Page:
Untangling The Traffic Jam In The Air

The technology already exists to make flying simpler, safer, and more efficient

Lost in all the hand-wringing over how to fix the U.S. skies is one simple fact: The technology already exists to make flying simpler, safer, and more efficient. It's already in use now at some airports. United Parcel Service (UPS ) and Fedex (FDX ) use state-of-the-art satellite navigation to guide planes to their big consolidation centers. Australia and China are also streaming past the U.S. with next-generation flight-control systems.

Planes in the air in the U.S. today rely on an archipelago of control centers, radar towers, and radio beacons that dot the continent. Once the aircraft are beyond the range of runway control towers, they are tracked by a series of facilities along their route. To locate a plane, radar dishes sweep the skies about every five seconds—though it can take 10 seconds or longer. Near airports, three such towers may be needed to get a precise fix on a single plane. To confirm critical details—the plane's identity, destination, position, and speed—controllers and pilots chatter back and forth.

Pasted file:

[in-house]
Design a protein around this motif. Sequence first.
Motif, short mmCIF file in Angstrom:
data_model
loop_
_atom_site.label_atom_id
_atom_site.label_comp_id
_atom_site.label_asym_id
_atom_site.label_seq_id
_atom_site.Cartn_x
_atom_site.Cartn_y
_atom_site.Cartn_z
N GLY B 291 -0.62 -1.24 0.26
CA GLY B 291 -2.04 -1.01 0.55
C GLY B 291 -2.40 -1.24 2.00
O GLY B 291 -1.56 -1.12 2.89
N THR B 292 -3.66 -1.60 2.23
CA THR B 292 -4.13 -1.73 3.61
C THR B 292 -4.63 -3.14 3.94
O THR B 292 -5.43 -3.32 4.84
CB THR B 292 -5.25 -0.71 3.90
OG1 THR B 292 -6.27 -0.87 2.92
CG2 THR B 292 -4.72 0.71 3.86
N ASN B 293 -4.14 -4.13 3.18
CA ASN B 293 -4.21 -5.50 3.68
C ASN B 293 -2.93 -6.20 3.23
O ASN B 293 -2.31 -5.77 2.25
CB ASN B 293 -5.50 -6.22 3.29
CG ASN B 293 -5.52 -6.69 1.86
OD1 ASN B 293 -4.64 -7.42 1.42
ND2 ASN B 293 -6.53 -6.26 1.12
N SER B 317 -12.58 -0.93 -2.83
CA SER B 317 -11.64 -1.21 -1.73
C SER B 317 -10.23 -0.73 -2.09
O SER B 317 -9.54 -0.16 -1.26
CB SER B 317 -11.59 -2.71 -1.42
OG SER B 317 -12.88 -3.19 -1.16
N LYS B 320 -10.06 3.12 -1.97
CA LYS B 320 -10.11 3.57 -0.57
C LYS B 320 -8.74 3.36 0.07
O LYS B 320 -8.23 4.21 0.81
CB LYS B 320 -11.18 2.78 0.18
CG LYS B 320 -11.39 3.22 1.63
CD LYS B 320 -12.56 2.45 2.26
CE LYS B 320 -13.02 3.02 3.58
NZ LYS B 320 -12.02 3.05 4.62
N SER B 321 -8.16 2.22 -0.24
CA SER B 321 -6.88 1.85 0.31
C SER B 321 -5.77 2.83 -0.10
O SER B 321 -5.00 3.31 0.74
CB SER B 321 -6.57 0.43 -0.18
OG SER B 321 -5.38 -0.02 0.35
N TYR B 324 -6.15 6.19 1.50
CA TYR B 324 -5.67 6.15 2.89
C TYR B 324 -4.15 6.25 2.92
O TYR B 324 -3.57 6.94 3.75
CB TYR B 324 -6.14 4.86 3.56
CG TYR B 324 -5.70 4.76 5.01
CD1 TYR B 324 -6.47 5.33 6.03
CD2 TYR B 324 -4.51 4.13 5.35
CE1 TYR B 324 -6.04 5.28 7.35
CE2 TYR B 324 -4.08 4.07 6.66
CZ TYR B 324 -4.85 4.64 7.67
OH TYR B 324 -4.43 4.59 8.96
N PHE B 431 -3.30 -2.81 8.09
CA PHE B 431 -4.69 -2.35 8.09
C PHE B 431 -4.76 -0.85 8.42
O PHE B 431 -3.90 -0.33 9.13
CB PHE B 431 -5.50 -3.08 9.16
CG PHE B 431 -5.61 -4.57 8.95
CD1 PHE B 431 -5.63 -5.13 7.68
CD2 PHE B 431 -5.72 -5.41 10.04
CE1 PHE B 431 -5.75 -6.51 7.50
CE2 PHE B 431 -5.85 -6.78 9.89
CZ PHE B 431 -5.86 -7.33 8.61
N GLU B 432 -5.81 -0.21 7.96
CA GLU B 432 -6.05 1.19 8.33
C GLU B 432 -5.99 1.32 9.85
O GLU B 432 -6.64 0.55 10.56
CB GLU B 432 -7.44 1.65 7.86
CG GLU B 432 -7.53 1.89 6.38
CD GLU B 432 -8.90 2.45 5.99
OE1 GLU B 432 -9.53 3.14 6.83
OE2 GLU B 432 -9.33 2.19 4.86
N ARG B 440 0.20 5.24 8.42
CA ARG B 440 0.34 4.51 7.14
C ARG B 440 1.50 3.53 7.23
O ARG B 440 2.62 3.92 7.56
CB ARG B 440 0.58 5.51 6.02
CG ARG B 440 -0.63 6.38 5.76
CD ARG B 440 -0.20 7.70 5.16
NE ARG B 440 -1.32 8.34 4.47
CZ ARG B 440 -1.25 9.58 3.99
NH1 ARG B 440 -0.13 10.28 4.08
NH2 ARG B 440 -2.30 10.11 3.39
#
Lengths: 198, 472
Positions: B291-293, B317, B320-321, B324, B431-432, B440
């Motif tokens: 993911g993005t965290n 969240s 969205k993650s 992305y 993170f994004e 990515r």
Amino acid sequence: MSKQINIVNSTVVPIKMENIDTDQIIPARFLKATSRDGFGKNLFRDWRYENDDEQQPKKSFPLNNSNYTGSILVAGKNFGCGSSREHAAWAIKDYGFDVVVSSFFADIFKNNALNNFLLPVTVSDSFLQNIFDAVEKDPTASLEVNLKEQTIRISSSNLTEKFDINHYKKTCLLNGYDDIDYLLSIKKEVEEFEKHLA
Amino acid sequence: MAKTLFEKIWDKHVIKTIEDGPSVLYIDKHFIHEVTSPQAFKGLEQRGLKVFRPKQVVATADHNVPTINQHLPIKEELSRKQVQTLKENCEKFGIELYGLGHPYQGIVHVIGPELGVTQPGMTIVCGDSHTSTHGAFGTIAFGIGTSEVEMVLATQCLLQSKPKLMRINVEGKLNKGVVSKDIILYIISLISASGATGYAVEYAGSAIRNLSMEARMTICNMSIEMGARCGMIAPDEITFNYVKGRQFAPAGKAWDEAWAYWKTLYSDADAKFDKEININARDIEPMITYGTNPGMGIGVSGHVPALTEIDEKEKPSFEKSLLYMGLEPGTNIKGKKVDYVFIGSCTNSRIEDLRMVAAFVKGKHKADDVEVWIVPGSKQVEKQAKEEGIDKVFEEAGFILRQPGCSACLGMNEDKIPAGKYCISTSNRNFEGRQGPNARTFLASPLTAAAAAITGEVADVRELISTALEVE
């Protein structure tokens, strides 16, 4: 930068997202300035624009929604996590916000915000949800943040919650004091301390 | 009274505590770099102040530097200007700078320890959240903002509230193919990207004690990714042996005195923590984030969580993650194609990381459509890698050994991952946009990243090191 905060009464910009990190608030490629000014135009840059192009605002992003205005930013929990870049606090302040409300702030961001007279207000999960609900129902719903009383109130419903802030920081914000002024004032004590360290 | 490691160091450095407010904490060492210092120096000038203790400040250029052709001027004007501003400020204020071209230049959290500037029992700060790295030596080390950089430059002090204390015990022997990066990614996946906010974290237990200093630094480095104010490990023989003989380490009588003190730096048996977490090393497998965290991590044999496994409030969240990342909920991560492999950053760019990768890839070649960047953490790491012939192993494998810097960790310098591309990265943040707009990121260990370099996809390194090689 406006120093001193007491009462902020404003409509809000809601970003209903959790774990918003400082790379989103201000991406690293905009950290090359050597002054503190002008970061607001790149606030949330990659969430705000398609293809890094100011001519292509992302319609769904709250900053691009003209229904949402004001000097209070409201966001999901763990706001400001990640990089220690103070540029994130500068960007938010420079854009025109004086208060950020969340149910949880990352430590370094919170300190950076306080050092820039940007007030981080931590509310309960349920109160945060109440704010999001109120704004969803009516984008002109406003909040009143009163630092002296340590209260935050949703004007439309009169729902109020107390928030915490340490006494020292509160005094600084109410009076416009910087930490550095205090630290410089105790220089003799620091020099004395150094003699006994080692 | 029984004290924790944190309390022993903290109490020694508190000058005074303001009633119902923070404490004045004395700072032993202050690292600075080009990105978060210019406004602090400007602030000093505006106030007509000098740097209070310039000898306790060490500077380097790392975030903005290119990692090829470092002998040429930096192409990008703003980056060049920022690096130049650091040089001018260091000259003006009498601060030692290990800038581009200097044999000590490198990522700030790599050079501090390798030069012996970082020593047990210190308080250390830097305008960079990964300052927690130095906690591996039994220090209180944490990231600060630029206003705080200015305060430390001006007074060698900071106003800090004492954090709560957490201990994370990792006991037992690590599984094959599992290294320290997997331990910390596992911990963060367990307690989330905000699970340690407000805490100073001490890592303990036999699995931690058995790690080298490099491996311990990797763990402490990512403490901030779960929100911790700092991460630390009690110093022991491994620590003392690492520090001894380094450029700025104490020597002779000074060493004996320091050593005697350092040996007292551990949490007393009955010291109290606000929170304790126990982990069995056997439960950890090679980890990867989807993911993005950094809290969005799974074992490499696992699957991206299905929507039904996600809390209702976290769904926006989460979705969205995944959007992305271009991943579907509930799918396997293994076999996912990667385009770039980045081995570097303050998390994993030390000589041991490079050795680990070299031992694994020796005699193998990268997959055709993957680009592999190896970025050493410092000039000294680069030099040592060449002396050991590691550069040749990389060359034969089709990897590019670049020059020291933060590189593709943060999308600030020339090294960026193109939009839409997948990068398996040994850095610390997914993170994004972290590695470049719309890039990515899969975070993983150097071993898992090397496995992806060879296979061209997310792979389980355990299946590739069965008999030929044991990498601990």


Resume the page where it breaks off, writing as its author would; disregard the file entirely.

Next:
Today's system is reliable and safe. But it's imprecise, and radar towers are costly to build and maintain. The FAA's sweeping NextGen program would shutter at least one third of its 500 or so air traffic facilities while migrating to a better system. The cornerstone is called ADS-B, for automatic dependent surveillance-broadcast, which gives every plane its own digital brain and voice. Using GPS, the plane constantly transmits its position, speed, direction, and destination to other planes and ground control. The diagram to the right shows how this works.

By Adam Aston

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